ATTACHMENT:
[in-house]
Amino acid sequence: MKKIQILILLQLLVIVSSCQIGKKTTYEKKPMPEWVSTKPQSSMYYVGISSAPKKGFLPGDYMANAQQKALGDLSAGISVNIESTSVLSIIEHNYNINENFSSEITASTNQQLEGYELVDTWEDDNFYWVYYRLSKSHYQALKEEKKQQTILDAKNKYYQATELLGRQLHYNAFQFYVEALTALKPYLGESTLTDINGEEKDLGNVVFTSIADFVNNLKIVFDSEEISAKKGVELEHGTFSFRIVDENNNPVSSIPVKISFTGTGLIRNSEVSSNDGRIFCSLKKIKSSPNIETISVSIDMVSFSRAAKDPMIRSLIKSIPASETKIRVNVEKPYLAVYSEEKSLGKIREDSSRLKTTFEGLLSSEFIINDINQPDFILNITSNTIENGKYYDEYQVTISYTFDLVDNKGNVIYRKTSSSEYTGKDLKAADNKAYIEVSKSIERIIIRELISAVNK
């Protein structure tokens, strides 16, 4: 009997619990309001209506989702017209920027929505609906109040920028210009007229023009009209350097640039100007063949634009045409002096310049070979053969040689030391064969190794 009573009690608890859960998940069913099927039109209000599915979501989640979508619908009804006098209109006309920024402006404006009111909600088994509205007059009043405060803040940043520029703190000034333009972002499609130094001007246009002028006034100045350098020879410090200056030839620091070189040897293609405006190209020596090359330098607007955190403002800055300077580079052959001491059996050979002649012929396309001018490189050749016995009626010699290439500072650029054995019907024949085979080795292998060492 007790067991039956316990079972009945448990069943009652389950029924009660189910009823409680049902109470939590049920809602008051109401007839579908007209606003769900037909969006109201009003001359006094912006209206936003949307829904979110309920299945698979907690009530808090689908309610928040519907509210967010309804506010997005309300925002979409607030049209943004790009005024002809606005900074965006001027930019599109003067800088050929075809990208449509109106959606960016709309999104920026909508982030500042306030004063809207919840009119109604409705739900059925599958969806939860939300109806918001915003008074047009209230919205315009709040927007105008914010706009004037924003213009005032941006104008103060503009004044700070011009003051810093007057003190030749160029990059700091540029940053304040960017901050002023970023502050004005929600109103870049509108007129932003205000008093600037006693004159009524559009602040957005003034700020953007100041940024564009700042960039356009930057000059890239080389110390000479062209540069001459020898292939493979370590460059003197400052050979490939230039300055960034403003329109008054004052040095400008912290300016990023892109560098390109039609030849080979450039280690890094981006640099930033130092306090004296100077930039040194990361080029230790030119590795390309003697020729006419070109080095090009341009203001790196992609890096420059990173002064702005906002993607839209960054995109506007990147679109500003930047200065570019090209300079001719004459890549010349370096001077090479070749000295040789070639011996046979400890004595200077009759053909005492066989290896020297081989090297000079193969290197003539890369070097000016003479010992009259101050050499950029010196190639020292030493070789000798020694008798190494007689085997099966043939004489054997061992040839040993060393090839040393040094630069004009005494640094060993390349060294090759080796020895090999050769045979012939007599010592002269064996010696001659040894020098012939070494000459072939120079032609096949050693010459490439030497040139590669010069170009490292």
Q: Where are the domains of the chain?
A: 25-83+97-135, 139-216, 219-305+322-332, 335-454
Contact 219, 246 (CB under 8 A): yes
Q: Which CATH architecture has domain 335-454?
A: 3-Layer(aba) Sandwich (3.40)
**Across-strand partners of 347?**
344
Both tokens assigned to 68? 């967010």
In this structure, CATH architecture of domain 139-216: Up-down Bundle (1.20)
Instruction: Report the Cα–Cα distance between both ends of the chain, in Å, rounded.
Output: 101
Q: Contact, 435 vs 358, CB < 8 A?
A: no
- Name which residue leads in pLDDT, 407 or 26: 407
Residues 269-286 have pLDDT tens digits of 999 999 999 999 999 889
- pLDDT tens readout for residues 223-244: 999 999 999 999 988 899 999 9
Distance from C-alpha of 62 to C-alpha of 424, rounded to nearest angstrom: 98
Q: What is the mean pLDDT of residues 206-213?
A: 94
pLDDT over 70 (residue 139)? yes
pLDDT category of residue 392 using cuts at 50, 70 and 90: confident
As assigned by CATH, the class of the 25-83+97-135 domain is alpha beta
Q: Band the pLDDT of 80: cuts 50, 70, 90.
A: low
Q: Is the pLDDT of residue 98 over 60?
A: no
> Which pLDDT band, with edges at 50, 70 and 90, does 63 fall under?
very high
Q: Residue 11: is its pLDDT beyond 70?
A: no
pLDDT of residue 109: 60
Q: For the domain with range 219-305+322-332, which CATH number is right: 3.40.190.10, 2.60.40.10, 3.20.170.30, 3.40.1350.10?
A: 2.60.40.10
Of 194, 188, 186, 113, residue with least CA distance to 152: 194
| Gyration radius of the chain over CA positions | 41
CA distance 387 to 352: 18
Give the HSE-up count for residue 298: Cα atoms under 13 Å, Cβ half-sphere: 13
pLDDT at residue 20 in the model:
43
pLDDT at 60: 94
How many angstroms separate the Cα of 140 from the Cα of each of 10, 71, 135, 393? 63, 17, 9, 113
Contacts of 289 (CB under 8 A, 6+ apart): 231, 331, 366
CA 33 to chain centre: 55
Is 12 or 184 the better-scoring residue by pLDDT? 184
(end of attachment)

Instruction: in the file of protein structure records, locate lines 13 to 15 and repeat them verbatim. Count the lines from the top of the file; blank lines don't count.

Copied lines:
Instruction: Report the Cα–Cα distance between both ends of the chain, in Å, rounded.
Output: 101
Q: Contact, 435 vs 358, CB < 8 A?